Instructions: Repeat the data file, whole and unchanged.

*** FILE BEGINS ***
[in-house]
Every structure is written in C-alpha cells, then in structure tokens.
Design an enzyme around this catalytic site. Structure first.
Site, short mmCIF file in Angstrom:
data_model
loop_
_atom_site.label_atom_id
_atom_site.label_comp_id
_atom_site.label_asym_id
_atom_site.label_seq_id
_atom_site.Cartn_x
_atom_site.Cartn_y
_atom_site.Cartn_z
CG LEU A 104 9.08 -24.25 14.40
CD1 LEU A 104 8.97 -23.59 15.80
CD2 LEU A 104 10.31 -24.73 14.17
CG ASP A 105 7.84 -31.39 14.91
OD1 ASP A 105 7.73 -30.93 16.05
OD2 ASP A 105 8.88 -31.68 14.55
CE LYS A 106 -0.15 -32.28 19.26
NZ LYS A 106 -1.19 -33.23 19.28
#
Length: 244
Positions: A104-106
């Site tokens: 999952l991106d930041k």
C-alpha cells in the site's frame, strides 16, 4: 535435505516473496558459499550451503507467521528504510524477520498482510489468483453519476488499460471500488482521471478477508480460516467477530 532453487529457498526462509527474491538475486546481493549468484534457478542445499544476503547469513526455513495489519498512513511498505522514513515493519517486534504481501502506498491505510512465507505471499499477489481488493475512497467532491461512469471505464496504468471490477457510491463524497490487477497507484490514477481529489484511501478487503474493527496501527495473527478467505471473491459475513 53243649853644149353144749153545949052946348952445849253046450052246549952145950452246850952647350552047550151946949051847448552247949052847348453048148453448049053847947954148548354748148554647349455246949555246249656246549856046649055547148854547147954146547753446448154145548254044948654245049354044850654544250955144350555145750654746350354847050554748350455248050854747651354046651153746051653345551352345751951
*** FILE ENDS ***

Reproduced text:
[in-house]
Every structure is written in C-alpha cells, then in structure tokens.
Design an enzyme around this catalytic site. Structure first.
Site, short mmCIF file in Angstrom:
data_model
loop_
_atom_site.label_atom_id
_atom_site.label_comp_id
_atom_site.label_asym_id
_atom_site.label_seq_id
_atom_site.Cartn_x
_atom_site.Cartn_y
_atom_site.Cartn_z
CG LEU A 104 9.08 -24.25 14.40
CD1 LEU A 104 8.97 -23.59 15.80
CD2 LEU A 104 10.31 -24.73 14.17
CG ASP A 105 7.84 -31.39 14.91
OD1 ASP A 105 7.73 -30.93 16.05
OD2 ASP A 105 8.88 -31.68 14.55
CE LYS A 106 -0.15 -32.28 19.26
NZ LYS A 106 -1.19 -33.23 19.28
#
Length: 244
Positions: A104-106
């Site tokens: 999952l991106d930041k």
C-alpha cells in the site's frame, strides 16, 4: 535435505516473496558459499550451503507467521528504510524477520498482510489468483453519476488499460471500488482521471478477508480460516467477530 532453487529457498526462509527474491538475486546481493549468484534457478542445499544476503547469513526455513495489519498512513511498505522514513515493519517486534504481501502506498491505510512465507505471499499477489481488493475512497467532491461512469471505464496504468471490477457510491463524497490487477497507484490514477481529489484511501478487503474493527496501527495473527478467505471473491459475513 53243649853644149353144749153545949052946348952445849253046450052246549952145950452246850952647350552047550151946949051847448552247949052847348453048148453448049053847947954148548354748148554647349455246949555246249656246549856046649055547148854547147954146547753446448154145548254044948654245049354044850654544250955144350555145750654746350354847050554748350455248050854747651354046651153746051653345551352345751951